Why should I make a will? Wills and Probate
Making a Will
Anyone can make a will. You don't have to make a will, but experts and common sense advise us to do so.
By making a will you will be able to set out who is to benefit from your property and possessions ('your estate') after your death. It will also help make sure that your estate, after any taxes and debts have been paid, is passed on as you want. You may need legal advice if you want your share of any jointly owned assets to be inherited by someone who is not the other joint owner. Making a will is particularly important if you have children, as you can specify who you would like to care for them should you die. Advance agreement with the proposed carer is highly recommended, and again you should seek legal advice regarding this issue.
If you do not make a will, your estate will be passed on according to a scheme laid down in law. Who is entitled under this scheme (which is designed to reflect the wishes of the average person) will depend on which relatives survive you, if any. Therefore planning for such an event can help reduce the distress your loved ones will experience should you die.
If you are thinking of making a will, you may want to get the help of a lawyer or a voluntary organisation such as the Citizens Advice Bureau. Alternatively you can access free legal advice from Forces Law at your local Naval Establishment.
Web site: Citizens Advice Bureau
What is probate?
Probate is an official form that gives the executors of the will the right to deal with the assets and property of the dead person. When you show the probate form to a bank, for example, they know they are dealing with the person who has the right to handle the estate, and they will allow you to withdraw money from the dead person's account.
When you apply for probate, you are promising the Probate Court that you will administer (deal with) the estate as set out in the will and according to law. If you don't do this, you will be in trouble with the court (and the beneficiaries of the will). Probate makes sure that the executors carry out their task properly.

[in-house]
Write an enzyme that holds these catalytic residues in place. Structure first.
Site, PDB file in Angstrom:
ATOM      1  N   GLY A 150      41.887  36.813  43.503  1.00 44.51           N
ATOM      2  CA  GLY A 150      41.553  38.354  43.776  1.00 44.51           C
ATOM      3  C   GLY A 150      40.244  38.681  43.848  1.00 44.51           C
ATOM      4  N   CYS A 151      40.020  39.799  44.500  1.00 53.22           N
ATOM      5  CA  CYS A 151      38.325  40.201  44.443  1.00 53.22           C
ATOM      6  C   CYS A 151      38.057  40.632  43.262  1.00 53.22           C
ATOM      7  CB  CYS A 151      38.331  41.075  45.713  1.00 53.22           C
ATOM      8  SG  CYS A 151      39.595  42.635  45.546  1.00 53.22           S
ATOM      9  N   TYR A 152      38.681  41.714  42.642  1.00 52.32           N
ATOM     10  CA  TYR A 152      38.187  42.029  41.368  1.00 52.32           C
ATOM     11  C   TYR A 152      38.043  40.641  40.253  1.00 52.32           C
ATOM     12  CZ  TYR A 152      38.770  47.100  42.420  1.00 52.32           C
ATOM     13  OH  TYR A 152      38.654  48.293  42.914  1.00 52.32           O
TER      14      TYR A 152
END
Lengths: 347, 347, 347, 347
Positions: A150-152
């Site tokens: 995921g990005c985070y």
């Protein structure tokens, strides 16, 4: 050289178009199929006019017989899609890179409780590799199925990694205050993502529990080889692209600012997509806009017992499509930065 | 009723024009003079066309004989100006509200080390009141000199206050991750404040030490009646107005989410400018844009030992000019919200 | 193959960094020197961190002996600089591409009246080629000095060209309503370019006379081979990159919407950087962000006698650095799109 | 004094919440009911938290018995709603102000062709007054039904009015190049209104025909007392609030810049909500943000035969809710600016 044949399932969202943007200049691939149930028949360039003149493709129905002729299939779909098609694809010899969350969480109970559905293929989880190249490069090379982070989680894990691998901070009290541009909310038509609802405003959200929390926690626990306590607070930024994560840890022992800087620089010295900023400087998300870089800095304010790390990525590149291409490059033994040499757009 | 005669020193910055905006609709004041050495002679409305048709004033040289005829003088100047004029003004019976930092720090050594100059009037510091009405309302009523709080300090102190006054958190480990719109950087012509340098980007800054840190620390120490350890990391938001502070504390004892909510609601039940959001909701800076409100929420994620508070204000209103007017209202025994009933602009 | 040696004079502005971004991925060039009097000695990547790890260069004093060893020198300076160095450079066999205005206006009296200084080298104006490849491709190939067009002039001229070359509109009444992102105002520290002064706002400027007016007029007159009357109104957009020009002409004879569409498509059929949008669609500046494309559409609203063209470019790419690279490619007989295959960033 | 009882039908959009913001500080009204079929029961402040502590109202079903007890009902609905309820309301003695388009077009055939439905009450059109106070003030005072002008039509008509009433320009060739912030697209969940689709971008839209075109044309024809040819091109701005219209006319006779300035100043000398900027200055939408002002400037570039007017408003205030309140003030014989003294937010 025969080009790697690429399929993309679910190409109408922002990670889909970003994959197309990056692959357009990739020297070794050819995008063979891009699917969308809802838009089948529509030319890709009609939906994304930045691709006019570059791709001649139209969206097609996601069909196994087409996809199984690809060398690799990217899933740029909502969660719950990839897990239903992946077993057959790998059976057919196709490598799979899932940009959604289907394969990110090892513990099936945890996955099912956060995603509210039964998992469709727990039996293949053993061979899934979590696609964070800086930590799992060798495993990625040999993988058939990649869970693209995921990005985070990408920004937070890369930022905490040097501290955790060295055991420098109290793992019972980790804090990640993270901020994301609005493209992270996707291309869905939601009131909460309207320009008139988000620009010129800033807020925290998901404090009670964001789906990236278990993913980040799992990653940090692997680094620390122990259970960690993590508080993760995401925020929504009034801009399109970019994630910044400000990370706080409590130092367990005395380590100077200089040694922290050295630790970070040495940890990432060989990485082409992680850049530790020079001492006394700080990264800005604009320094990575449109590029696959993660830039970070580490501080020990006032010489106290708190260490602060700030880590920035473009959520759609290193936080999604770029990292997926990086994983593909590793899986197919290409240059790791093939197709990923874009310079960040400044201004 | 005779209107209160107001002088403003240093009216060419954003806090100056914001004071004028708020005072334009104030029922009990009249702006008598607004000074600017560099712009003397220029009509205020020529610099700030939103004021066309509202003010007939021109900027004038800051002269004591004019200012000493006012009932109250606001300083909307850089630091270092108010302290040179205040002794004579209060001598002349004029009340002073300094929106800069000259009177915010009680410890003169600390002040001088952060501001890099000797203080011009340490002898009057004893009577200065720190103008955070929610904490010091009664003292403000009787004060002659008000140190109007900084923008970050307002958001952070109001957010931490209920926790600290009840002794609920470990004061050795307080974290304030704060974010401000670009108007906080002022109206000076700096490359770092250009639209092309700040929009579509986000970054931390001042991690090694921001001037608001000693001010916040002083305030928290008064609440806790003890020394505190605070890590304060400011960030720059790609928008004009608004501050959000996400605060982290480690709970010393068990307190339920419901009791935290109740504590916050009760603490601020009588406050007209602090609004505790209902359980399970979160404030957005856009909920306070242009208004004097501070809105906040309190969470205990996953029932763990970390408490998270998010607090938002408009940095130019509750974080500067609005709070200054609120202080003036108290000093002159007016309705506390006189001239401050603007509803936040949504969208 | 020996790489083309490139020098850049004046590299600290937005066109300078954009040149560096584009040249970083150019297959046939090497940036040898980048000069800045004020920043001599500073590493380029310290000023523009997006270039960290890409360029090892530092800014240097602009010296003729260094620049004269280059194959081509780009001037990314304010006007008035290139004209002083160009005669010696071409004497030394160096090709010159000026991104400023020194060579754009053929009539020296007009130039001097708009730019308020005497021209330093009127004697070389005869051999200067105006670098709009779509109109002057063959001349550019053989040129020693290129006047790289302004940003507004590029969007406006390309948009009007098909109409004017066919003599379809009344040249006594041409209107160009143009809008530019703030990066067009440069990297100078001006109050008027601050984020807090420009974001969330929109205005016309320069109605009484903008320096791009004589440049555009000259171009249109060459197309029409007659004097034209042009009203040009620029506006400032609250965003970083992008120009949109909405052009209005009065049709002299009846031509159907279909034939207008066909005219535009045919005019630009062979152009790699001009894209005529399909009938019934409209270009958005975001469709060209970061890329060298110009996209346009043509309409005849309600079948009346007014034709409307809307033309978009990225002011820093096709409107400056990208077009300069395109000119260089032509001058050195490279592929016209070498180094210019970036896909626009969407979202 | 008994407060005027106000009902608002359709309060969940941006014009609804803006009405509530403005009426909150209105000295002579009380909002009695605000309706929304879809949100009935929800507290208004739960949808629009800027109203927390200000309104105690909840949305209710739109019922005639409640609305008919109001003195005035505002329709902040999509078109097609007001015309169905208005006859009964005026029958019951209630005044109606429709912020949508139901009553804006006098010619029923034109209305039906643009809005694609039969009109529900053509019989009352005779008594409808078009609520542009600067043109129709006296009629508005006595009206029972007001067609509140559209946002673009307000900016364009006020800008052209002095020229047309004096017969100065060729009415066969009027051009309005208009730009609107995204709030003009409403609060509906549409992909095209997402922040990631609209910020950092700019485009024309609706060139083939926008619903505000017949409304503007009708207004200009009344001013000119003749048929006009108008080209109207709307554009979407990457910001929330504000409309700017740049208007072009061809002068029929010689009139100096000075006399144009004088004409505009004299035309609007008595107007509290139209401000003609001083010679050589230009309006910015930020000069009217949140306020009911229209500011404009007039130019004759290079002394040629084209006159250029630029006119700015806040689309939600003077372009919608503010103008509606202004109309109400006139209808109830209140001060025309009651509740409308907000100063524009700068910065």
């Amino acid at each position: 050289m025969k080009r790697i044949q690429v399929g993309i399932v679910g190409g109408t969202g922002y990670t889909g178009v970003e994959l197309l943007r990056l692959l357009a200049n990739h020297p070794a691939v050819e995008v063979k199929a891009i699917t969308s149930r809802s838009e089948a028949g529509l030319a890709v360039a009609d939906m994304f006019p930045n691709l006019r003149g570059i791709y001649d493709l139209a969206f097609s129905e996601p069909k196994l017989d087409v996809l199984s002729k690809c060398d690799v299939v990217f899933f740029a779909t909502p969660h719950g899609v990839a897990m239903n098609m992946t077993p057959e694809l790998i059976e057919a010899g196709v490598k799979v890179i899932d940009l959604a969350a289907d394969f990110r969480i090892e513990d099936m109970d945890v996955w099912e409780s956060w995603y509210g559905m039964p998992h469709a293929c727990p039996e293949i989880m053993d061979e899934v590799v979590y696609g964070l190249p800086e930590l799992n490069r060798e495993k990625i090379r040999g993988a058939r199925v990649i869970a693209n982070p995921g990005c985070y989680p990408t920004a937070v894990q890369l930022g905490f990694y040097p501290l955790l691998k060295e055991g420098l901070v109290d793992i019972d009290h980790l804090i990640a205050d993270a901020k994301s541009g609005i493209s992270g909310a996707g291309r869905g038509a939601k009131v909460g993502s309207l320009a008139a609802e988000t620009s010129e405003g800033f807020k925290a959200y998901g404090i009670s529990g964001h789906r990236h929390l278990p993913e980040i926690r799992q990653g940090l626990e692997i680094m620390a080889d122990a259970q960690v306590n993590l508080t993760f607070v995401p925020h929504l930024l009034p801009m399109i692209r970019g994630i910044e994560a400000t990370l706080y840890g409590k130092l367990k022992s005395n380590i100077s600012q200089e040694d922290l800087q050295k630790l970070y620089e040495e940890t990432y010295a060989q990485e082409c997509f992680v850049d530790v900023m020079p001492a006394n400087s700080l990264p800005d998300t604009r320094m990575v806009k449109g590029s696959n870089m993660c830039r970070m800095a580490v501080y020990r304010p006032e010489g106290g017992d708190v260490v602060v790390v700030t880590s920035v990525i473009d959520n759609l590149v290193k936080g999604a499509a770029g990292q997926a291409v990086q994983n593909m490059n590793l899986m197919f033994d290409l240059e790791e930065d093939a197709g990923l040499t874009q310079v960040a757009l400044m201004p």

When there is no will (or there are no executors named in the will), the official form is called 'letters of administration'.
For further information we suggest you consult the Community Legal Service Direct Web site address below.
The Legal Services Commission produces a series of public information leaflets that cover key areas of the civil law of England and Wales, such as Employment Law, Welfare Benefits and Debt. These leaflets also include a wide range of information on will making, probate and closely related matters.
Web site: Community Legal Service Direct
The Law Society of Scotland
The Law Society of Scotland offer contact information on solicitors and solicitor advocates all of whom supply legal services. An advice leaflet for making a will is available from their web site.
Web site: The Law Society of Scotland
Standard Service Will
This is a simple format available from your Unit Personnel Office. Collect MOD Form 106 and on completion return it to the UPO. The form will be sent and held at Centurion.
In the event that a serving person dies all the paperwork relating to that persons pay, pensions and, if completed, the Standard Service Will are put together for administration and action. For further information contact your UPO.